By Dave Keighron, Head of Innovation and Professor of Marketing, Strategy and Entrepreneurship at University Canada West
The last two years have seen incredible growth for e-commerce, thanks in large part to the COVID-19 pandemic. As we enter the last quarter of the year, let’s look back at the trends we saw in 2021 and what we can expect to see in 2022.
Last year, e-commerce giant Shopify published a report outlining the five key trends e-commerce businesses should act on for 2021. Many other organizations and associations also identified similar trends within the e-commerce space.
Some of these key trends included:
Increased online competition due to COVID-19
Over the past couple of years, we have seen unprecedented growth in the digital marketplace. We have heard e-commerce success stories of businesses that flourished as customers could not access physical stores. But we have also seen complete devastation for some, such as resellers unable to access products to sell through online platforms such as Amazon.
As businesses scramble to meet the growing online demand and respond quickly to changes, we are starting to see cracks in business models that weren’t equipped to service customers in multiple places. This has opened the door for relatively unknown direct-to-consumer business models to seriously compete with long-established brick-and-mortar businesses that didn’t move quickly enough to meet their customers’ needs in an omni-channel world.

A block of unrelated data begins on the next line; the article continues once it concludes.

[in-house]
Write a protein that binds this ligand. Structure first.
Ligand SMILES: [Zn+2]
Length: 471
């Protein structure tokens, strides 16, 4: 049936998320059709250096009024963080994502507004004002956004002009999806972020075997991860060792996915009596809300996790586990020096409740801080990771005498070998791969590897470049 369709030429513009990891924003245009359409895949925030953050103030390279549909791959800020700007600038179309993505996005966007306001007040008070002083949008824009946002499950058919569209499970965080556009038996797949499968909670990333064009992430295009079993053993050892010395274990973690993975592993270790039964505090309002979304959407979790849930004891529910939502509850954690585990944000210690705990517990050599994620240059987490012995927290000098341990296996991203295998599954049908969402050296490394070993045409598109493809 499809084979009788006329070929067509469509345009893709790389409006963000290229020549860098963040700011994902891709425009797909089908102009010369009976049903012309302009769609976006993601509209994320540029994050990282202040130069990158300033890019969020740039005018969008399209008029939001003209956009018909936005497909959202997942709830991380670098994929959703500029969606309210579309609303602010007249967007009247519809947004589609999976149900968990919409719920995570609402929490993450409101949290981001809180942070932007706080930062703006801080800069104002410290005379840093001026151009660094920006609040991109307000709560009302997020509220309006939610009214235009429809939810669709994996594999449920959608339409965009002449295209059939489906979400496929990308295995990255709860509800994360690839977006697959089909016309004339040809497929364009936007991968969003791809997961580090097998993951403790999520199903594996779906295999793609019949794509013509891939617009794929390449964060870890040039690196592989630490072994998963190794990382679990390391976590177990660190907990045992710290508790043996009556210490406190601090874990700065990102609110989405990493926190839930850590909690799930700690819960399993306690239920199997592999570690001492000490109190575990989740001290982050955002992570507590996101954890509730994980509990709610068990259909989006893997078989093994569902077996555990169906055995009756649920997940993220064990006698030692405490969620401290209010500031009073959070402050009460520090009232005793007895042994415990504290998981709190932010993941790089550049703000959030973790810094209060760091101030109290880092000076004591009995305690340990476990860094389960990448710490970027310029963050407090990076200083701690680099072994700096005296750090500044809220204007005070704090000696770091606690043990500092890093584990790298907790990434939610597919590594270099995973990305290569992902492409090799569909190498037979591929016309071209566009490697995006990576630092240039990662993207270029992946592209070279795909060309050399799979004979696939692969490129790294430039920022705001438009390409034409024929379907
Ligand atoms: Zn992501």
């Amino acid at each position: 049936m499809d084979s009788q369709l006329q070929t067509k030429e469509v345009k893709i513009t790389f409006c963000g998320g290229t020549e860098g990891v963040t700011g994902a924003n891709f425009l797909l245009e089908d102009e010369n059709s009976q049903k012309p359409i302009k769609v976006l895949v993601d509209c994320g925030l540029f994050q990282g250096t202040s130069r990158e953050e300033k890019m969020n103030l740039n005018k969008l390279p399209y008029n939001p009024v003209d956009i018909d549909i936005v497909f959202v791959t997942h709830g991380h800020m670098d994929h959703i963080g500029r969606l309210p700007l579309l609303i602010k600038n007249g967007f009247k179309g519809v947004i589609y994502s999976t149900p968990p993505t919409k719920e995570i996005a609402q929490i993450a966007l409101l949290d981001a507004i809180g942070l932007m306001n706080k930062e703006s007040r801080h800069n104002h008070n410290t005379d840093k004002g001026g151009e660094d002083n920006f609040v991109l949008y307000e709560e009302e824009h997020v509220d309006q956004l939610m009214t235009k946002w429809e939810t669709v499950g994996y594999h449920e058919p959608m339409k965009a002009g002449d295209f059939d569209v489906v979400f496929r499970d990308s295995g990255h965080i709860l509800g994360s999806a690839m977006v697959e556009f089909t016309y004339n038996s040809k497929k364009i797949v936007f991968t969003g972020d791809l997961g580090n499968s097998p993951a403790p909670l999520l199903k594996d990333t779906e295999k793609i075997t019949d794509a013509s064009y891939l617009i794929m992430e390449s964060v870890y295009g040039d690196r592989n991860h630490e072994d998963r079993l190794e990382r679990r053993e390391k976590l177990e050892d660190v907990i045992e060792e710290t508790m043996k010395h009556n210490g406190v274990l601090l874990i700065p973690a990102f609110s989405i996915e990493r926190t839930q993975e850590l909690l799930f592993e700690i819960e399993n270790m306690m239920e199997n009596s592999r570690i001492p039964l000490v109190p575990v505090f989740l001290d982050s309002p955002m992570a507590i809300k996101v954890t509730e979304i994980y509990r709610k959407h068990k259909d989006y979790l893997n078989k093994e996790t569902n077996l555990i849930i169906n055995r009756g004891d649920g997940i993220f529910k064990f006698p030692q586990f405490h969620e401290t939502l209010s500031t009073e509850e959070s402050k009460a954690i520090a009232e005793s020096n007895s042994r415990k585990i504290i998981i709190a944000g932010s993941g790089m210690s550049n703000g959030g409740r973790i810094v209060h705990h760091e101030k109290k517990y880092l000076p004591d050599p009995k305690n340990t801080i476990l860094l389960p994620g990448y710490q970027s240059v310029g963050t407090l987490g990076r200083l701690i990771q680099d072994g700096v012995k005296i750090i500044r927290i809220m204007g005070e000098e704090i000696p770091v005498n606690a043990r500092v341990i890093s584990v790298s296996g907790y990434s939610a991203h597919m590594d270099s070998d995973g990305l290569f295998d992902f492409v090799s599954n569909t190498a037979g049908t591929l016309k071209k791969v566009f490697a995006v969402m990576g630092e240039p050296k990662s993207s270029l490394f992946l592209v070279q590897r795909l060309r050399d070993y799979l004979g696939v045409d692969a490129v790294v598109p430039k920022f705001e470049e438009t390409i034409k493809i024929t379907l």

In 2022, businesses need to start or continue, to respond and be responsive to their customers’ needs no matter where they are through a multiple channel approach. Customers are using different ways to interact and engage with retailers, and retailers need to adapt and build a multiple channel approach to meet customers’ needs.
New consumer behaviours encourage retailers to make changes
As more customers move towards online shopping, retailers need to adapt their businesses to improve the customer experience and increase engagement.
Jamie Ritchie, Head of UX and Design at the Digital Marketing Institute, recently talked about how the growth in online shopping has changed consumer behaviour, which means retailers need to adapt to meet the needs of these new customers.
“As digital marketing becomes more and more sophisticated, customers expect more from your brand,” Ritchie said. “The rise of e-commerce means purchase transactions are happening on your website every minute of the day and with that, customers expect to be able to connect with your brand at any point of their journey.”
However, for many businesses offering 24-hour support is a challenge. This is where conversational marketing tools, like Drift, and chatbots, like Intercom, can help fill that role and have subsequently grown in popularity in 2021.
“Being transparent that the customer is speaking with a ‘bot’ is important, and it won’t have a negative effect as long as the customer’s needs are being met with well thought out conversation flows that are engaging and meaningful,” Ritchie said.